Scientists image gravity waves through atmosphere

Gravity Waves
© Hanli Liu, NCAR
A model simulation illustrates how gravity waves kicked off by a cyclone east of Australia build as they travel toward space.
Whether it's a drunk camper diving carelessly into a river, or a mass of air rising over a mountain, the rule is the same: What goes up must come down.

With respect to the latter, the rising and falling of air also generates gravity waves. While such atmospheric changes usually only have a regional impact on the lower atmosphere, these ripples can stretch all across the globe in the upper atmosphere and their impact is far more dramatic.

For the first time, researchers have found a way to observe what happens when gravity waves rise towards into the upper atmosphere. A team of researchers at the University Corporation for Atmospheric Research led by Senior Scientist Hanli Liu improved upon the Whole Atmosphere Community Climate Model, pushing it to a resolution fine enough to pick up small gravity waves at their source.

Previously able to clearly view only phenomena that were 2,000 kilometers across, they are now able to view gravity waves when they are still relatively small—only 200 kilometers across—and accurately model how this activity appears later in the upper atmosphere.

Cloud Precipitation

Ice halo forms in St. Croix, Virgin Islands on Mother's day

Image
© stcroixsource.com
A little before noon Sunday, several diners at the new My Brothers Workshop Café and Bakery on Back Street almost leapt from their chairs and charged into the adjacent parking lot to see why some folks were gazing up in the sky.

Turns out it wasn't the end of the world, as someone had suggested. It was a solar halo surrounding the sun, as the name implies; and it seemed to absorb the whole sky.

According to Wikipedia: A halo, also known as a nimbus, is produced by light interacting with ice crystals suspended in the atmosphere, resulting in a wide variety of colored or white rings, arcs and spots in the sky."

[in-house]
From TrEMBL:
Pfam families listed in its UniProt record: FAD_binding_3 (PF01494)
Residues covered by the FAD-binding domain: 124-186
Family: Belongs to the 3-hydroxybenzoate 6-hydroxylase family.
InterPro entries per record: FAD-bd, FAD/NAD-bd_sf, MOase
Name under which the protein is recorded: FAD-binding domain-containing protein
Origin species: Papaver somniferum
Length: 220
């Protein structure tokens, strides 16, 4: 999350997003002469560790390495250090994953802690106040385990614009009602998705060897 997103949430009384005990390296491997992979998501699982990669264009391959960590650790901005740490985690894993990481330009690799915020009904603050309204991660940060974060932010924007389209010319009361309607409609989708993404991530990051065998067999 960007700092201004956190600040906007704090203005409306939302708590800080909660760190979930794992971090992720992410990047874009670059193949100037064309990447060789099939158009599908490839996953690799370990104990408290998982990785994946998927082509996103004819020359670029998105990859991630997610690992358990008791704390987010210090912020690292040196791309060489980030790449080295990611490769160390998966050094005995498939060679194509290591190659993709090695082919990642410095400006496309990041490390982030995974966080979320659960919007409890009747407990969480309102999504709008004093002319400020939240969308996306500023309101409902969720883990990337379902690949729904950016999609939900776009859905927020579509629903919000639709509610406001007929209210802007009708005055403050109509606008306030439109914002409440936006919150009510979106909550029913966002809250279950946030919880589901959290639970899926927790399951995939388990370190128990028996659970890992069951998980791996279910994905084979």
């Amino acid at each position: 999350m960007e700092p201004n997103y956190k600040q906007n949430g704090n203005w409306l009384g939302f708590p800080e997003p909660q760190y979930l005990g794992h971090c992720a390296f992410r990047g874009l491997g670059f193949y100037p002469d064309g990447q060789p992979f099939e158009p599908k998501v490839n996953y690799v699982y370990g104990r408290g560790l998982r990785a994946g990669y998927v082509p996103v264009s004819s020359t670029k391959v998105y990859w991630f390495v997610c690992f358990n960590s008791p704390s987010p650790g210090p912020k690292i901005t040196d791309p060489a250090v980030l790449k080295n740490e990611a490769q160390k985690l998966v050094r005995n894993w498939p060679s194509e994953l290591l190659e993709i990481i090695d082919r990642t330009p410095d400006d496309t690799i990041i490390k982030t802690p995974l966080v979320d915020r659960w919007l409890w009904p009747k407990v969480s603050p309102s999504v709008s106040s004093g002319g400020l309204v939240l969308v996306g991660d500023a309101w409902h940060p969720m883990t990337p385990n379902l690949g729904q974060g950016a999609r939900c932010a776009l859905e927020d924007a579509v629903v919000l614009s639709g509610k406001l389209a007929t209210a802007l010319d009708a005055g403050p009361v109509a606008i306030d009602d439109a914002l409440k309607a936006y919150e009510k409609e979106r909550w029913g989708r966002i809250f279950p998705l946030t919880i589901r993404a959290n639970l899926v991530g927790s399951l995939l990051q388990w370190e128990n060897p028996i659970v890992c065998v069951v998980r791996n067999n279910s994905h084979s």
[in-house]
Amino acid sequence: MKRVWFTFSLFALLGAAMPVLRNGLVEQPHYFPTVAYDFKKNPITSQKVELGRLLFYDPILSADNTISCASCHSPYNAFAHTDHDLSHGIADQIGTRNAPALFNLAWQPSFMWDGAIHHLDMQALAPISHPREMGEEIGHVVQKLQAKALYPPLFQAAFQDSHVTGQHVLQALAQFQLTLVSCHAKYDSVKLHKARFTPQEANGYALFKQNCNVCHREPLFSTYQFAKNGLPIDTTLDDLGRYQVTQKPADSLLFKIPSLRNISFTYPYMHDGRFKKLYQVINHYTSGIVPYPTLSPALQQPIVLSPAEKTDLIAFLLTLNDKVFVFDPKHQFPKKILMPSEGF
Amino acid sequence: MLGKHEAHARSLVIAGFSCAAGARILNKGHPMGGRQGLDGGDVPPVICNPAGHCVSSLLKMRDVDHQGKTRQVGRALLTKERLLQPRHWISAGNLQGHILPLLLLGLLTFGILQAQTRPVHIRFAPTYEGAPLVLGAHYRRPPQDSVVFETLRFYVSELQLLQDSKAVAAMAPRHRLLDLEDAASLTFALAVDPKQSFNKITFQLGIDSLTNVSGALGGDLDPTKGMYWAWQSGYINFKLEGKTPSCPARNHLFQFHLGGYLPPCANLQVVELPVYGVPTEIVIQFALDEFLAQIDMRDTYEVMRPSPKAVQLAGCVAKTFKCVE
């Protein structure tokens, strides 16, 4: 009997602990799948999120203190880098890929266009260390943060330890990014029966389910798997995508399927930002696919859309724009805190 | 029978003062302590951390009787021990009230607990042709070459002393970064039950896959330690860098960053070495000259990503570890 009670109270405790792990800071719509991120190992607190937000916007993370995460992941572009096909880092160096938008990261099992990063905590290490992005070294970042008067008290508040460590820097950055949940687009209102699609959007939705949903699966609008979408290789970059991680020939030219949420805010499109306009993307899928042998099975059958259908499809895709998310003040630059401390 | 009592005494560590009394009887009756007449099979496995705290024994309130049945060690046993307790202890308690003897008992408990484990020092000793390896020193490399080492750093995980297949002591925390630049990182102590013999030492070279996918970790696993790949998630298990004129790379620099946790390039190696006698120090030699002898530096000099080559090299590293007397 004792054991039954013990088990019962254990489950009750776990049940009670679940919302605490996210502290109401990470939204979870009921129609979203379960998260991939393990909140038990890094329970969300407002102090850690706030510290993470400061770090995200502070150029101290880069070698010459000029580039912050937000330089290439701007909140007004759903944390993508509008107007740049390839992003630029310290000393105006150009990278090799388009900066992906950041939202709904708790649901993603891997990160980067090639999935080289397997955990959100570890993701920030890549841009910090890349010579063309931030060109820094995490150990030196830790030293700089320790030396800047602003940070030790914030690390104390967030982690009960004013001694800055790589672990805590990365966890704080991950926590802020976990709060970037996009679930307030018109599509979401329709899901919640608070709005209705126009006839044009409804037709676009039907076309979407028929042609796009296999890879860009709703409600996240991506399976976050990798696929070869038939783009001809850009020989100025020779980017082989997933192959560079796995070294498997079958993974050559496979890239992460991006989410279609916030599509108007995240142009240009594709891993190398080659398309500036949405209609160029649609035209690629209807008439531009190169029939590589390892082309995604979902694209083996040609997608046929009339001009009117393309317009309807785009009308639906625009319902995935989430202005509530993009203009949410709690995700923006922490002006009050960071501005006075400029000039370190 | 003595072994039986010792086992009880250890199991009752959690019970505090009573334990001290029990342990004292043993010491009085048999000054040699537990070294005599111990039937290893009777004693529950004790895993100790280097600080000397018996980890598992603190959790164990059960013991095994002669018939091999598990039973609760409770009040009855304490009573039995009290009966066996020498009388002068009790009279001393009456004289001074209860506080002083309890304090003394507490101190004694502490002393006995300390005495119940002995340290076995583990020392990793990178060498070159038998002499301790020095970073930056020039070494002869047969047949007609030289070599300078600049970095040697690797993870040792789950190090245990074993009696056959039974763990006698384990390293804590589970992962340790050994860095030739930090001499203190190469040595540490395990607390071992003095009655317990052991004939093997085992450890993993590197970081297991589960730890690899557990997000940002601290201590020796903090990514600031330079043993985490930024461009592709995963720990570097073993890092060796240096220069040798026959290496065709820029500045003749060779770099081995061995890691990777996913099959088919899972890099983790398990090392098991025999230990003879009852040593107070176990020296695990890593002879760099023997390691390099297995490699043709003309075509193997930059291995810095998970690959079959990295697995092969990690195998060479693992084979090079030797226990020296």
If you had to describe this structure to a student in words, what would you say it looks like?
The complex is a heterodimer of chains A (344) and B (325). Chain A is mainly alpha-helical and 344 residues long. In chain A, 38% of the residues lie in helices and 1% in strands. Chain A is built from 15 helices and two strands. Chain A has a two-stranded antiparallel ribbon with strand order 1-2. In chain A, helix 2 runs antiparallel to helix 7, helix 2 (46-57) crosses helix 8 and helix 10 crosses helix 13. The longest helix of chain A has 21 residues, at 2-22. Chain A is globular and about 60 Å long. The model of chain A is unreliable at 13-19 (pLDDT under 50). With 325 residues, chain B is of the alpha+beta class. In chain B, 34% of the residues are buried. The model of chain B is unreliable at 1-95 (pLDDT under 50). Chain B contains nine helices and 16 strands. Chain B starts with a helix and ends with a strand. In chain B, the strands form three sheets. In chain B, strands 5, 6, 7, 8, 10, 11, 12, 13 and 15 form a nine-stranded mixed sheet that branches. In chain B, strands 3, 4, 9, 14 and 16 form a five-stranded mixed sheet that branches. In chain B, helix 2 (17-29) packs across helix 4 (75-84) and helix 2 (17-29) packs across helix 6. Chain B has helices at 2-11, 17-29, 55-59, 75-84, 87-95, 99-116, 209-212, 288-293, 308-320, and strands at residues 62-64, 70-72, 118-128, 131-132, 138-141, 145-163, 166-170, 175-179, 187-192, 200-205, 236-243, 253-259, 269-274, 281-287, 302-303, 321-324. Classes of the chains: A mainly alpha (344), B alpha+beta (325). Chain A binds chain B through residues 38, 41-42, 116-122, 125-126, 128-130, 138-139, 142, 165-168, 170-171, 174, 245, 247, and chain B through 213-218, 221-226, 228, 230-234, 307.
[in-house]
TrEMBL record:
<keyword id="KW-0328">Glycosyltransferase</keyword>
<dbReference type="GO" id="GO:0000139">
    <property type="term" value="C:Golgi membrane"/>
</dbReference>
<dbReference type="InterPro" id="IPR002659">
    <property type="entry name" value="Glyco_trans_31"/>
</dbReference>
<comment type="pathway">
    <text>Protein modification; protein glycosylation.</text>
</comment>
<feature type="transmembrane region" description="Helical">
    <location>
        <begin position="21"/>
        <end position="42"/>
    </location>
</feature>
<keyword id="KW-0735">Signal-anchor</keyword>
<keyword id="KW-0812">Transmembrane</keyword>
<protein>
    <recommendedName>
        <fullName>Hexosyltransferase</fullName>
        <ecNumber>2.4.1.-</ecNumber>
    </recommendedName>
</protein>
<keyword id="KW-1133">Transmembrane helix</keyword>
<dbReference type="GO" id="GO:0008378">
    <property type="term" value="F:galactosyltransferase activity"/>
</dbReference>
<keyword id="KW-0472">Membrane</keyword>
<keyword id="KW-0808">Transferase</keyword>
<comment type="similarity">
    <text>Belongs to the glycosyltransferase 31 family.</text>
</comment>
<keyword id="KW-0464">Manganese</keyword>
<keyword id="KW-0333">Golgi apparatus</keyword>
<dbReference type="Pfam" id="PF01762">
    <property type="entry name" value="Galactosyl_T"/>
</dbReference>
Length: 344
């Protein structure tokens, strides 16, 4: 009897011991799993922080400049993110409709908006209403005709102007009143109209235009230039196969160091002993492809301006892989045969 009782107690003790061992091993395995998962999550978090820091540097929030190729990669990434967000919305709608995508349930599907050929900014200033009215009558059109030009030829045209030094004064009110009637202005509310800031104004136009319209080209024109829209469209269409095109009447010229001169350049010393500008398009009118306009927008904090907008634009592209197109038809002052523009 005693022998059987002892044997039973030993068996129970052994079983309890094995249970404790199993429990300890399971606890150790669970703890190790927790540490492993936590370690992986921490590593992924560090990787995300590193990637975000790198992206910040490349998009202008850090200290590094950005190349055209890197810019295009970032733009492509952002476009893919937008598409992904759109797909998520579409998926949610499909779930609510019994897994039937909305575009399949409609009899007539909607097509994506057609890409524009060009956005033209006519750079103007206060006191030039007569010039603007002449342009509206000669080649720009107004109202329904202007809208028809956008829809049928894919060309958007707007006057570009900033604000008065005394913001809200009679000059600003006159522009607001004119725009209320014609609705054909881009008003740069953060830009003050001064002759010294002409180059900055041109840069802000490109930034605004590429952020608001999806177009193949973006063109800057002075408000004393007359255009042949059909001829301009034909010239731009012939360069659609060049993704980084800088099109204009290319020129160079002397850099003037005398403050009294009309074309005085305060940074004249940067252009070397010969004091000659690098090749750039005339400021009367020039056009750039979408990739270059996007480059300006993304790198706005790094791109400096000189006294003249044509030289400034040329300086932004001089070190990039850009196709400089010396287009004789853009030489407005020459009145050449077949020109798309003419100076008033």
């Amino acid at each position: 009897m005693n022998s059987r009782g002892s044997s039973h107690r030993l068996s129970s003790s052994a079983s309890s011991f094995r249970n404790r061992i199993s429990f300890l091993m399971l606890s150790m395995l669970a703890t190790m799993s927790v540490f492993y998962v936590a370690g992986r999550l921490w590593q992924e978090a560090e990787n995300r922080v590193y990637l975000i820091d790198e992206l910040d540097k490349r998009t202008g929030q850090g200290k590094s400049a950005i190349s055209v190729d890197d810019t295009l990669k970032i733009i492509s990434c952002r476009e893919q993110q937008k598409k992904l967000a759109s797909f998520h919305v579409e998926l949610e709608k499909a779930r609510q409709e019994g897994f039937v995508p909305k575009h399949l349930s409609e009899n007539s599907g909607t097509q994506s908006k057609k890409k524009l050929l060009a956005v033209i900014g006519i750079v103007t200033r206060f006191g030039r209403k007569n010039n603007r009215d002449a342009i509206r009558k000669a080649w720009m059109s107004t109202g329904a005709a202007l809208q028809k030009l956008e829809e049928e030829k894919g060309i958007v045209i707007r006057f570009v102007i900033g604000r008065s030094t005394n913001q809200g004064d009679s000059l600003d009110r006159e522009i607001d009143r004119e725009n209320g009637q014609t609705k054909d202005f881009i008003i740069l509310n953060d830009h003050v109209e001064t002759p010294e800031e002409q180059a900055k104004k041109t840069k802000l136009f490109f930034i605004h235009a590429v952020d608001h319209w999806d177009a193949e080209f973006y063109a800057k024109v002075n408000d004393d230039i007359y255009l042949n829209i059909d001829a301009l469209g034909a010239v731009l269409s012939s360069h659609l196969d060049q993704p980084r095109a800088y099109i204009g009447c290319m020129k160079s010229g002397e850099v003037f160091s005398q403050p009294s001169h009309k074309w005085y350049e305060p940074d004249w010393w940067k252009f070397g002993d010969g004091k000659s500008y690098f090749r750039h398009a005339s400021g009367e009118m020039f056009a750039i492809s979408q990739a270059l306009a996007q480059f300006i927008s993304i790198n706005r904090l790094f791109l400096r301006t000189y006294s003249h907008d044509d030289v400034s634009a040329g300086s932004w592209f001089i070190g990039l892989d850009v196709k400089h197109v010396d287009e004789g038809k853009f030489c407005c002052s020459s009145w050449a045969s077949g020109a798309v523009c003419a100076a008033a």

Closer to home, University of the Virgin Islands physics professor David Smith shared a professional view on the phenomenon.

"Ice crystals in the upper atmosphere create this halo, like little rainbows," he said. "It's produced by light interacting with the ice crystals."

Smith said the phenomenon isn't all that rare further north.

"It's not as common in the tropics, since there are fewer ice crystals in the upper atmosphere," he said.

Comment: Spectacular sun halo captured over Wirral, UK


Sun

Mother's day sun halo appears in Shanghai, China

Image
© CFP
The solar halo photographed in Chongming County yesterday.
Moms across the city received a gift from the heavens yesterday when a beautiful pearl-colored halo around the sun greeted them on Mother's Day morning.

While some web users saw this as a celestial blessing for Shanghai moms, the Shanghai Meteorological Bureau had a more prosaic explanation.

It was a result of altostratus cloud, formed by the lifting of a large stable air mass, explained forecasters.

That causes invisible water vapor to condense into cloud, creating optical phenomena — such as the sun halo.

Around 10am, many Weibo and WeChat users posted pictures, with many seeing it as a good omen.

According to a Chinese proverb: "When there is a solar halo, it will rain; when there is a lunar halo, it will blow."

And sure enough, rain was forecast overnight.

Cassiopaea

Mysterious supernova still astounds astronomers

Supernova SN 1987A
© NASA/ESA/Hubble
Supernova SN 1987A.